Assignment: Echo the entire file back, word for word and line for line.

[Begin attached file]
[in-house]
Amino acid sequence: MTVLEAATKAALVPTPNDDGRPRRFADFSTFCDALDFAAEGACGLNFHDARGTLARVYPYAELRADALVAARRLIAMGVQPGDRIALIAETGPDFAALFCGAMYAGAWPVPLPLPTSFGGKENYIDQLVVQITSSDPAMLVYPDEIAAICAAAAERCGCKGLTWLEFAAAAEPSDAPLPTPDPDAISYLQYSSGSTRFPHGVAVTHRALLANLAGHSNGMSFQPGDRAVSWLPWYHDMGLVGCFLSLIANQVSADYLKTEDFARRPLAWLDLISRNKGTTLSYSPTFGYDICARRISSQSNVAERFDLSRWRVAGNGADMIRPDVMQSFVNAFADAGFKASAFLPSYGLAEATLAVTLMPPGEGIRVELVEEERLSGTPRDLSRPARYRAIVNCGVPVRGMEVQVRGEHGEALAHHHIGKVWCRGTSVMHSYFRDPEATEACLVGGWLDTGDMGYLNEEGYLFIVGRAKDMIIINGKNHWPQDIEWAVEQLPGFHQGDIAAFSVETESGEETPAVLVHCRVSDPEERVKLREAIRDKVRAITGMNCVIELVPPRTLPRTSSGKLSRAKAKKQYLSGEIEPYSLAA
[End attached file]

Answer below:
[in-house]
Amino acid sequence: MTVLEAATKAALVPTPNDDGRPRRFADFSTFCDALDFAAEGACGLNFHDARGTLARVYPYAELRADALVAARRLIAMGVQPGDRIALIAETGPDFAALFCGAMYAGAWPVPLPLPTSFGGKENYIDQLVVQITSSDPAMLVYPDEIAAICAAAAERCGCKGLTWLEFAAAAEPSDAPLPTPDPDAISYLQYSSGSTRFPHGVAVTHRALLANLAGHSNGMSFQPGDRAVSWLPWYHDMGLVGCFLSLIANQVSADYLKTEDFARRPLAWLDLISRNKGTTLSYSPTFGYDICARRISSQSNVAERFDLSRWRVAGNGADMIRPDVMQSFVNAFADAGFKASAFLPSYGLAEATLAVTLMPPGEGIRVELVEEERLSGTPRDLSRPARYRAIVNCGVPVRGMEVQVRGEHGEALAHHHIGKVWCRGTSVMHSYFRDPEATEACLVGGWLDTGDMGYLNEEGYLFIVGRAKDMIIINGKNHWPQDIEWAVEQLPGFHQGDIAAFSVETESGEETPAVLVHCRVSDPEERVKLREAIRDKVRAITGMNCVIELVPPRTLPRTSSGKLSRAKAKKQYLSGEIEPYSLAA